Presentation on theme: "A Quick Recap on Protecting Groups Three Steps Required: 1.“Hide” the incompatible group 2.Do what needs to be done elsewhere in the molecule 3.Remove."— Presentation transcript:
A Quick Recap on Protecting Groups Three Steps Required: 1.“Hide” the incompatible group 2.Do what needs to be done elsewhere in the molecule 3.Remove the protecting group and return to the original group
Two protecting groups for alcohols: Trimethylsilyl ether formation using trimethylsilyl chloride (TMS-Cl) and triethylamine (NEt 3 ) Easily removed by aqueous acid (H 3 O + ) or F -
Two protecting groups for alcohols: Dihydropyran (DHP) and an acid catalyst (H + ) will react to form a tetrahydropyran protecting group (THP) Easily removed by aqueous acid (H 3 O + )
For more than one alcohol… … remember that there is an order in which alcohols are protected, beginning with primary alcohols (least sterically hindered), then secondary alcohols (more sterically hindered) and finally tertiary alcohols
In most cases, when working with a single alcohol that needs to be protected, the two groups are INTERCHANGEABLE so it doesn’t matter which ones you use…
Sometimes you will need to manipulate two alcohols… if you need to protect them both so they are both out of the way, use the same one…
Remember the order for protecting alcohols is always going to show reaction on the 1°, then 2° and then 3°: Thus:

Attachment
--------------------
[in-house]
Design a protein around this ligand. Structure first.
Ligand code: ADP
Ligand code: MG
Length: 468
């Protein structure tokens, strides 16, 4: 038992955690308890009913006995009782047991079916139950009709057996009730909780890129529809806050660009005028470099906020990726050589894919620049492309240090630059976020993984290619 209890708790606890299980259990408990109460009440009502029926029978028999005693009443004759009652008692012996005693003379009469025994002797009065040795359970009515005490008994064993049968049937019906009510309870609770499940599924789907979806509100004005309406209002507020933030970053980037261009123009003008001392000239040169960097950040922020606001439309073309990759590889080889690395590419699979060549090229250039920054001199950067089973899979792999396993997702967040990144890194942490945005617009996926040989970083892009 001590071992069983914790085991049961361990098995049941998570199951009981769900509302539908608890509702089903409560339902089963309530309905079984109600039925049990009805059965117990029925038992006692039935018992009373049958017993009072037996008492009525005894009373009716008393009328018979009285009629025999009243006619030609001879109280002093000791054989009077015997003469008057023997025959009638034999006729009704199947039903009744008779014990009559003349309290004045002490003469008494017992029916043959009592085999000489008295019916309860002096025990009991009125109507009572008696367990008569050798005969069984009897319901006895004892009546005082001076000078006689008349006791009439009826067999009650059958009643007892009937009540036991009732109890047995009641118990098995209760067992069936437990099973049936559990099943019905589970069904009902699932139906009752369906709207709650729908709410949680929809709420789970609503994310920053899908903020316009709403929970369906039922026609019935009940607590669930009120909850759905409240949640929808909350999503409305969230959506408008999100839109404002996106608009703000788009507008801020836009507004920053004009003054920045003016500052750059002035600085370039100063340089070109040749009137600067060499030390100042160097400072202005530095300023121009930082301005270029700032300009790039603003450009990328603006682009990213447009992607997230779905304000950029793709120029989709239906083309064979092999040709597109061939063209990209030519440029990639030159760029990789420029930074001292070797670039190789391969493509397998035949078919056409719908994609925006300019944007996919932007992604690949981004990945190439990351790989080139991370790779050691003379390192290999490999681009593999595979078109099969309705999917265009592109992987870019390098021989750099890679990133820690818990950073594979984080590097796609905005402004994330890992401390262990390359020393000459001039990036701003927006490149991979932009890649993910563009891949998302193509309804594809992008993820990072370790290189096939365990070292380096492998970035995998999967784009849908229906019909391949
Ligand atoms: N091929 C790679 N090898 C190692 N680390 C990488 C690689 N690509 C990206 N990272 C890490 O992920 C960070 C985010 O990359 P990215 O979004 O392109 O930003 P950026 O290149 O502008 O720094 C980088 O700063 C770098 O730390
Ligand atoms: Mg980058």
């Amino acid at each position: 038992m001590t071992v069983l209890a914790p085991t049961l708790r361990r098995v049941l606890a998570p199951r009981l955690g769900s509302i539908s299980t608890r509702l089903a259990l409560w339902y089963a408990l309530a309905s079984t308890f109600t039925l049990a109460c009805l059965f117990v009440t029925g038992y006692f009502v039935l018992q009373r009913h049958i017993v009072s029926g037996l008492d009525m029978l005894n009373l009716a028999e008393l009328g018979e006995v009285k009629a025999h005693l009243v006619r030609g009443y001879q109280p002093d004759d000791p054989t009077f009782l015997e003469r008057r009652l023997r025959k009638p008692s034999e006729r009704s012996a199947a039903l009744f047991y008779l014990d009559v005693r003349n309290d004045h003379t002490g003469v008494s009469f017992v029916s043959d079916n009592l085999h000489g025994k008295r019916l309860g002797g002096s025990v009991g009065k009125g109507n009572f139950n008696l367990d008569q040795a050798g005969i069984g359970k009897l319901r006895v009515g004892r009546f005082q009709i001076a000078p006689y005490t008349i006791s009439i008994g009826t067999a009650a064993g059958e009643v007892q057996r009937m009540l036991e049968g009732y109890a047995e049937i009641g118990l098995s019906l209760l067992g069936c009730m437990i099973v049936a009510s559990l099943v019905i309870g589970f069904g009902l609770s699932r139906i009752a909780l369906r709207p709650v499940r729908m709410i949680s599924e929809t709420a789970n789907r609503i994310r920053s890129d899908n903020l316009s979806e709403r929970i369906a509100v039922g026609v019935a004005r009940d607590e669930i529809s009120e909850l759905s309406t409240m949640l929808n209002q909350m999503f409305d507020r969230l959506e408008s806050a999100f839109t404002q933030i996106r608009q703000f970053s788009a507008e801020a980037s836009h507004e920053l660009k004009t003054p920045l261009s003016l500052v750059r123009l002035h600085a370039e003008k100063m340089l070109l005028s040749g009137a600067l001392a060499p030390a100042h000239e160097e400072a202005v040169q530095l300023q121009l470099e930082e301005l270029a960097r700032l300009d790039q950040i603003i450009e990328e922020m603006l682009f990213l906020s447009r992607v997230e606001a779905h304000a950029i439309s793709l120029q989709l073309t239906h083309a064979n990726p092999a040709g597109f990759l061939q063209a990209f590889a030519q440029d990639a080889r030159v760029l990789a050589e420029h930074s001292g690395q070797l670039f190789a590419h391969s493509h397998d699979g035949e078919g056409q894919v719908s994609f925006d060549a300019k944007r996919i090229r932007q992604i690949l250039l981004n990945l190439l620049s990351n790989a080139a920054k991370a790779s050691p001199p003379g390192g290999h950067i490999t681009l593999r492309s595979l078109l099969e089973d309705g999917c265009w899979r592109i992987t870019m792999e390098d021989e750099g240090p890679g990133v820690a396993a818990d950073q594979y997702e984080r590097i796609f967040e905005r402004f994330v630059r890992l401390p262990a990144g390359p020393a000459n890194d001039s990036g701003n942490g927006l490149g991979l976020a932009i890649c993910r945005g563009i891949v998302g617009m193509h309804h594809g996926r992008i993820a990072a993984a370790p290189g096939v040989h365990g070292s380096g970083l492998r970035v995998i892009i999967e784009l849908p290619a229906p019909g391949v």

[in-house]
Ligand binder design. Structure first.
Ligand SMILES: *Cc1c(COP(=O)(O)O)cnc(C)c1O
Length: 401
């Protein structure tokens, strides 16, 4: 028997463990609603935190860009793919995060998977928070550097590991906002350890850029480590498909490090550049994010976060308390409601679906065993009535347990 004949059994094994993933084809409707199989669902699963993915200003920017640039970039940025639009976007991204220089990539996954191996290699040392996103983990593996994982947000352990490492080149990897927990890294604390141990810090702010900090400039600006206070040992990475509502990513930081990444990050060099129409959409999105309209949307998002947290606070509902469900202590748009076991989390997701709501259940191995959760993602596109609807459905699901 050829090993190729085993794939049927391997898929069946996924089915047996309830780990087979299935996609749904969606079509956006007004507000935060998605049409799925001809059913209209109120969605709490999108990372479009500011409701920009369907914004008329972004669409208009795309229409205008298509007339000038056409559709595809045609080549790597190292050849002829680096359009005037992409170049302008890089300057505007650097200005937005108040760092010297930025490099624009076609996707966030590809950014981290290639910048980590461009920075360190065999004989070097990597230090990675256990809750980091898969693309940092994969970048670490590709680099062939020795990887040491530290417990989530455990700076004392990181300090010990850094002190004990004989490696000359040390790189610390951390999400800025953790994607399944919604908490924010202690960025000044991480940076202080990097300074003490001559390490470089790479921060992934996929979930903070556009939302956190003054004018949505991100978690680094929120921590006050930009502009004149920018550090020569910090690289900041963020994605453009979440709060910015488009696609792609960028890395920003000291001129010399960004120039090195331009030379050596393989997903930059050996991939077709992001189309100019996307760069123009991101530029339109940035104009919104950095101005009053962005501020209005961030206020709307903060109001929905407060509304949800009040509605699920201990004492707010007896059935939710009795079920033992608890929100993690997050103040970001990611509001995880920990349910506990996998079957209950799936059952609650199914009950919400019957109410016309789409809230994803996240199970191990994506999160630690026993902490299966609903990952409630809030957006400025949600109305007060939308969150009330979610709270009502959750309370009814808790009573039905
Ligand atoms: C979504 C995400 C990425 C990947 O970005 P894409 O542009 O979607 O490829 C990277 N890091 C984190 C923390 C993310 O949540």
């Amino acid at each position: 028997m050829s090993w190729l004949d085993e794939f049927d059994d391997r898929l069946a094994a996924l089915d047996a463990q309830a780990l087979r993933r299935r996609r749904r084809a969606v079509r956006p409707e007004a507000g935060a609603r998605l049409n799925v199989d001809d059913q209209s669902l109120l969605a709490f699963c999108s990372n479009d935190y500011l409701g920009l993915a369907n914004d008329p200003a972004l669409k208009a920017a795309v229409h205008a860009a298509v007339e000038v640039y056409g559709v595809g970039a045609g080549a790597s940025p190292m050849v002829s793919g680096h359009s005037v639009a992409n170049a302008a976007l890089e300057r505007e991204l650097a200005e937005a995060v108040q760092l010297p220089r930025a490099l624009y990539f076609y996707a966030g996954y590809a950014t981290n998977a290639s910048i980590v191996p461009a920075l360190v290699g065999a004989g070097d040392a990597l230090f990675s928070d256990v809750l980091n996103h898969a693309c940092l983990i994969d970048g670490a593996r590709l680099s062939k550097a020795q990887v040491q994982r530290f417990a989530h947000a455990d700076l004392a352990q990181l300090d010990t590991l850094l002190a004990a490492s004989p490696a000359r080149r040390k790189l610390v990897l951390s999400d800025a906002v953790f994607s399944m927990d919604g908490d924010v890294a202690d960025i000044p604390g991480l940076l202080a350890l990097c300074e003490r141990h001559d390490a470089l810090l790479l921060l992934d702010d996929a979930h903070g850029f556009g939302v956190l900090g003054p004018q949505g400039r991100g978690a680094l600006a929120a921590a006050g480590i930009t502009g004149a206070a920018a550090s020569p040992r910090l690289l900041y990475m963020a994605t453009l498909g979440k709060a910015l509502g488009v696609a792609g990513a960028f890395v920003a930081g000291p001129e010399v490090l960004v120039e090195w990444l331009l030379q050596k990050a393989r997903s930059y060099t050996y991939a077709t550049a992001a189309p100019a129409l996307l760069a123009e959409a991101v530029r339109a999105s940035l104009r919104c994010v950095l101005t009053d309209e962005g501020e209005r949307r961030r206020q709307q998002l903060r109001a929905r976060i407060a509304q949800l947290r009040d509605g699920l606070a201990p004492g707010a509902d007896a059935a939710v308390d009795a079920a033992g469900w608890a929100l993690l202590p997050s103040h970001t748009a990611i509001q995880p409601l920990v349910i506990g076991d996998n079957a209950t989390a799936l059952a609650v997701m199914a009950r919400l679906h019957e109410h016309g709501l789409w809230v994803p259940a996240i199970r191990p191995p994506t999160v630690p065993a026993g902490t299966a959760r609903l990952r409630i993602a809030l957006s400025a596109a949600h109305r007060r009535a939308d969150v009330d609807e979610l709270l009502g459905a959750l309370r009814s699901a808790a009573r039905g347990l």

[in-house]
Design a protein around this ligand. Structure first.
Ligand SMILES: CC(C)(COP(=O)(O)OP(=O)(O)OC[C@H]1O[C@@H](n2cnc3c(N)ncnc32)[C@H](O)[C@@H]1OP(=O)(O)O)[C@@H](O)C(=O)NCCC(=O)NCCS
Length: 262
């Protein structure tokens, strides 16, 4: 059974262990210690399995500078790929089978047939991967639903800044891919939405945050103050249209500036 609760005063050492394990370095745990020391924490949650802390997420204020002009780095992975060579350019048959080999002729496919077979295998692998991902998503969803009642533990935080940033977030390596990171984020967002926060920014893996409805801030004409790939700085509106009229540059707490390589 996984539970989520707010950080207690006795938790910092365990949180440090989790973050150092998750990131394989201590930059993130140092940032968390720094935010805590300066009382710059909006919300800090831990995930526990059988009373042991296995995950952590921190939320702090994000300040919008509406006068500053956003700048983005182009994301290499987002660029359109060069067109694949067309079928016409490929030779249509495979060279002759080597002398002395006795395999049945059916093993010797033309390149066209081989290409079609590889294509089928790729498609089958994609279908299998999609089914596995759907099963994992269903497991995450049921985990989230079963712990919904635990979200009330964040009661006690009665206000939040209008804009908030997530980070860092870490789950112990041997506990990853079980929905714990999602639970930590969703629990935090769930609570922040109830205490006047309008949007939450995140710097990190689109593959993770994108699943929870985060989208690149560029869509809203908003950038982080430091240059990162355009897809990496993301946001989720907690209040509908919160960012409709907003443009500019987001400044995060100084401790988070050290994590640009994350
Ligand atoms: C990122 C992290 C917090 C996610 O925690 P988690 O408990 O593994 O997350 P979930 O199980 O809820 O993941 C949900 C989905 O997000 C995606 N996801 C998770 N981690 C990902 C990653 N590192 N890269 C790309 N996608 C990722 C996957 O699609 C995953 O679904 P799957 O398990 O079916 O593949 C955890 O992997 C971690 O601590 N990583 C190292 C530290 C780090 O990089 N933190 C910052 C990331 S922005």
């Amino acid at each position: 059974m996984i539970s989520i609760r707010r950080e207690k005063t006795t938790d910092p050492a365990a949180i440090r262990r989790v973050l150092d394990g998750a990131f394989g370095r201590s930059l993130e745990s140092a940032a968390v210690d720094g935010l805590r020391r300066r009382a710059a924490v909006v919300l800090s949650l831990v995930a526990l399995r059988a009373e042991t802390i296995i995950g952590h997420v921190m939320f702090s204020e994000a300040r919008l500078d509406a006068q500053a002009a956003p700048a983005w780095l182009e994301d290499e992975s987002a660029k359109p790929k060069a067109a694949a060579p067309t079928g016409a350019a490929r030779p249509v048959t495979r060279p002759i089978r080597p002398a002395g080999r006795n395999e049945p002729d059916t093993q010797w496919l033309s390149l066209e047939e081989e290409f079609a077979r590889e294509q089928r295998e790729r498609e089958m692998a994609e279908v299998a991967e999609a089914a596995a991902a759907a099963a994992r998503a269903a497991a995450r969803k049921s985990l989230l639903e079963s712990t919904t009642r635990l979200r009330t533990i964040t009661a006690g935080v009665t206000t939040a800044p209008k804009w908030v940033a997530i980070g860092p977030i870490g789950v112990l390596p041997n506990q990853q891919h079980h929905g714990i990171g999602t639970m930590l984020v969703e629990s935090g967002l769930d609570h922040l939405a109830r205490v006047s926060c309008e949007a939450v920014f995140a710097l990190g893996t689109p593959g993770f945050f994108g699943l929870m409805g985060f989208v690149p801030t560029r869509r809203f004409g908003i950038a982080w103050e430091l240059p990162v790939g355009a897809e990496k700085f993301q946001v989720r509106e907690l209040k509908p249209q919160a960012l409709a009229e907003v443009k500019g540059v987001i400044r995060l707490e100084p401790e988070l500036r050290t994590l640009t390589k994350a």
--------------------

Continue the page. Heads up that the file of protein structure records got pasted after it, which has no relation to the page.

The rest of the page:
Those problems that require you to protect the less hindered alcohol first are easier than those where the less hindered alcohol is the one you NEED for the chemistry… Example: Quick and simple to protect the primary alcohol so the secondary can be oxidized, right?
When the the primary alcohol is the one you NEED for the chemistry, you will have to actually protect it FIRST and then use a different protecting group on the secondary alcohol… and deprotect the first alcohol so you can do your chemistry on it… Be sure to use two protecting groups that can be taken off with different reagents
For alcohols, you have TWO protecting groups to use - one that comes off with aqueous acid and one that comes off with aqueous acid OR fluoride anion… Just be sure not to START with the one that has to be removed using the SAME reagent as the second one…
Using TMS-Cl, NEt 3 first and then DHP, H + allows you to remove the TMS group easily with F -, thus allowing the THP to stay in place:
Using DHP, H + first and then TMS-Cl, NEt 3 won’t allow you to remove the THP group easily without also removing the TMS group:
And hopefully you recognize that if you put the same protecting group on both alcohols, you cannot selectively REMOVE one over the other:
This concludes our review of alcohol protecting groups. Hopefully it helped eliminate any questions that may have been left in your mind after lecture.